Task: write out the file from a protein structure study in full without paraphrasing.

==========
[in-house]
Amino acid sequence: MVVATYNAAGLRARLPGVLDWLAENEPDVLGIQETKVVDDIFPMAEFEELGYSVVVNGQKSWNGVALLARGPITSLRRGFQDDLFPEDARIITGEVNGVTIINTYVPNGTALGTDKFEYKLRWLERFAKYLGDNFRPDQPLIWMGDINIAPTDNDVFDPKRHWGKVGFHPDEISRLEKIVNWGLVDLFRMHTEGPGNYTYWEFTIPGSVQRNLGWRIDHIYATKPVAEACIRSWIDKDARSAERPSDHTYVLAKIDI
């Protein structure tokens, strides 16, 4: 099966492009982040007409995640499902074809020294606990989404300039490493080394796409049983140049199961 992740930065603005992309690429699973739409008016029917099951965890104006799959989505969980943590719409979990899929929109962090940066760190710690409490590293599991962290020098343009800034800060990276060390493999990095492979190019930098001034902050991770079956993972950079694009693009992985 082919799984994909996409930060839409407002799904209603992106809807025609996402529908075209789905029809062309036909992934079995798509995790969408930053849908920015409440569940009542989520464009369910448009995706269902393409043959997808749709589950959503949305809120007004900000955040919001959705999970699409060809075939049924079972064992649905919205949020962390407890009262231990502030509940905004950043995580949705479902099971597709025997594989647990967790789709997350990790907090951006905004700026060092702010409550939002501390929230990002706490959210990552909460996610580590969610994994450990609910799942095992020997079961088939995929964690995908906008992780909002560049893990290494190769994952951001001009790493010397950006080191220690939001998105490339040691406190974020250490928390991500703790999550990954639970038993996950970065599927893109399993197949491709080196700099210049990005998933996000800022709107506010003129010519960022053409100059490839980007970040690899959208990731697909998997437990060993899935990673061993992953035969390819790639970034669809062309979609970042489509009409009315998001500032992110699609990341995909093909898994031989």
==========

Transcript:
[in-house]
Amino acid sequence: MVVATYNAAGLRARLPGVLDWLAENEPDVLGIQETKVVDDIFPMAEFEELGYSVVVNGQKSWNGVALLARGPITSLRRGFQDDLFPEDARIITGEVNGVTIINTYVPNGTALGTDKFEYKLRWLERFAKYLGDNFRPDQPLIWMGDINIAPTDNDVFDPKRHWGKVGFHPDEISRLEKIVNWGLVDLFRMHTEGPGNYTYWEFTIPGSVQRNLGWRIDHIYATKPVAEACIRSWIDKDARSAERPSDHTYVLAKIDI
């Protein structure tokens, strides 16, 4: 099966492009982040007409995640499902074809020294606990989404300039490493080394796409049983140049199961 992740930065603005992309690429699973739409008016029917099951965890104006799959989505969980943590719409979990899929929109962090940066760190710690409490590293599991962290020098343009800034800060990276060390493999990095492979190019930098001034902050991770079956993972950079694009693009992985 082919799984994909996409930060839409407002799904209603992106809807025609996402529908075209789905029809062309036909992934079995798509995790969408930053849908920015409440569940009542989520464009369910448009995706269902393409043959997808749709589950959503949305809120007004900000955040919001959705999970699409060809075939049924079972064992649905919205949020962390407890009262231990502030509940905004950043995580949705479902099971597709025997594989647990967790789709997350990790907090951006905004700026060092702010409550939002501390929230990002706490959210990552909460996610580590969610994994450990609910799942095992020997079961088939995929964690995908906008992780909002560049893990290494190769994952951001001009790493010397950006080191220690939001998105490339040691406190974020250490928390991500703790999550990954639970038993996950970065599927893109399993197949491709080196700099210049990005998933996000800022709107506010003129010519960022053409100059490839980007970040690899959208990731697909998997437990060993899935990673061993992953035969390819790639970034669809062309979609970042489509009409009315998001500032992110699609990341995909093909898994031989």